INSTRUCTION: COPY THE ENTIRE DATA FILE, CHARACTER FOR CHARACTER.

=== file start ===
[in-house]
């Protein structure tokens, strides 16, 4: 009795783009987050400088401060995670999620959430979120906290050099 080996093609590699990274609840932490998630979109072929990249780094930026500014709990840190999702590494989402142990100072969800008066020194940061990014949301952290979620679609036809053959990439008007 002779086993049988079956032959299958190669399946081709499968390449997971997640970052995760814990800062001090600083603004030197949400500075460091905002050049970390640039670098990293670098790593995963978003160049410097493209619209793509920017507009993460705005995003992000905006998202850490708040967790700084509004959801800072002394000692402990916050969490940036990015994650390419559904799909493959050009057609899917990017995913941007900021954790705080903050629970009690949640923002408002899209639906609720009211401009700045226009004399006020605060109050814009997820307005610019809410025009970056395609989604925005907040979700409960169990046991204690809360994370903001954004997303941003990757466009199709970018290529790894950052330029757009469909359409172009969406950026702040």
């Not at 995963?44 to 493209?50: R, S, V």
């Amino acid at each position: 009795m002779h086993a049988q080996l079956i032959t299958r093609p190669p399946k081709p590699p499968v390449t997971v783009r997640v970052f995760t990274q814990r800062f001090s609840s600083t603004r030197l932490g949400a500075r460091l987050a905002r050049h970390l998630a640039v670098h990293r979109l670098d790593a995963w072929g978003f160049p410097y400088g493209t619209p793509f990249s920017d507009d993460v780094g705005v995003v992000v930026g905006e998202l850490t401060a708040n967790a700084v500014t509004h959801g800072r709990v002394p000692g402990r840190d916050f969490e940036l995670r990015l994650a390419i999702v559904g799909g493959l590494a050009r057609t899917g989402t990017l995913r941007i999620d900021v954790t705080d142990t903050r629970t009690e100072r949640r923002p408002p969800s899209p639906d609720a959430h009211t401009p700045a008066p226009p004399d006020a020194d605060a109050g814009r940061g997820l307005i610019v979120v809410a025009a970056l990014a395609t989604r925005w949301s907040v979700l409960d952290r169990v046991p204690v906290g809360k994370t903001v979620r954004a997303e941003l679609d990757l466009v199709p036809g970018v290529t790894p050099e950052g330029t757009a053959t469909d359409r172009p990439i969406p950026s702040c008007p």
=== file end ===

[in-house]
């Protein structure tokens, strides 16, 4: 009795783009987050400088401060995670999620959430979120906290050099 080996093609590699990274609840932490998630979109072929990249780094930026500014709990840190999702590494989402142990100072969800008066020194940061990014949301952290979620679609036809053959990439008007 002779086993049988079956032959299958190669399946081709499968390449997971997640970052995760814990800062001090600083603004030197949400500075460091905002050049970390640039670098990293670098790593995963978003160049410097493209619209793509920017507009993460705005995003992000905006998202850490708040967790700084509004959801800072002394000692402990916050969490940036990015994650390419559904799909493959050009057609899917990017995913941007900021954790705080903050629970009690949640923002408002899209639906609720009211401009700045226009004399006020605060109050814009997820307005610019809410025009970056395609989604925005907040979700409960169990046991204690809360994370903001954004997303941003990757466009199709970018290529790894950052330029757009469909359409172009969406950026702040």
């Not at 995963?44 to 493209?50: R, S, V």
């Amino acid at each position: 009795m002779h086993a049988q080996l079956i032959t299958r093609p190669p399946k081709p590699p499968v390449t997971v783009r997640v970052f995760t990274q814990r800062f001090s609840s600083t603004r030197l932490g949400a500075r460091l987050a905002r050049h970390l998630a640039v670098h990293r979109l670098d790593a995963w072929g978003f160049p410097y400088g493209t619209p793509f990249s920017d507009d993460v780094g705005v995003v992000v930026g905006e998202l850490t401060a708040n967790a700084v500014t509004h959801g800072r709990v002394p000692g402990r840190d916050f969490e940036l995670r990015l994650a390419i999702v559904g799909g493959l590494a050009r057609t899917g989402t990017l995913r941007i999620d900021v954790t705080d142990t903050r629970t009690e100072r949640r923002p408002p969800s899209p639906d609720a959430h009211t401009p700045a008066p226009p004399d006020a020194d605060a109050g814009r940061g997820l307005i610019v979120v809410a025009a970056l990014a395609t989604r925005w949301s907040v979700l409960d952290r169990v046991p204690v906290g809360k994370t903001v979620r954004a997303e941003l679609d990757l466009v199709p036809g970018v290529t790894p050099e950052g330029t757009a053959t469909d359409r172009p990439i969406p950026s702040c008007p």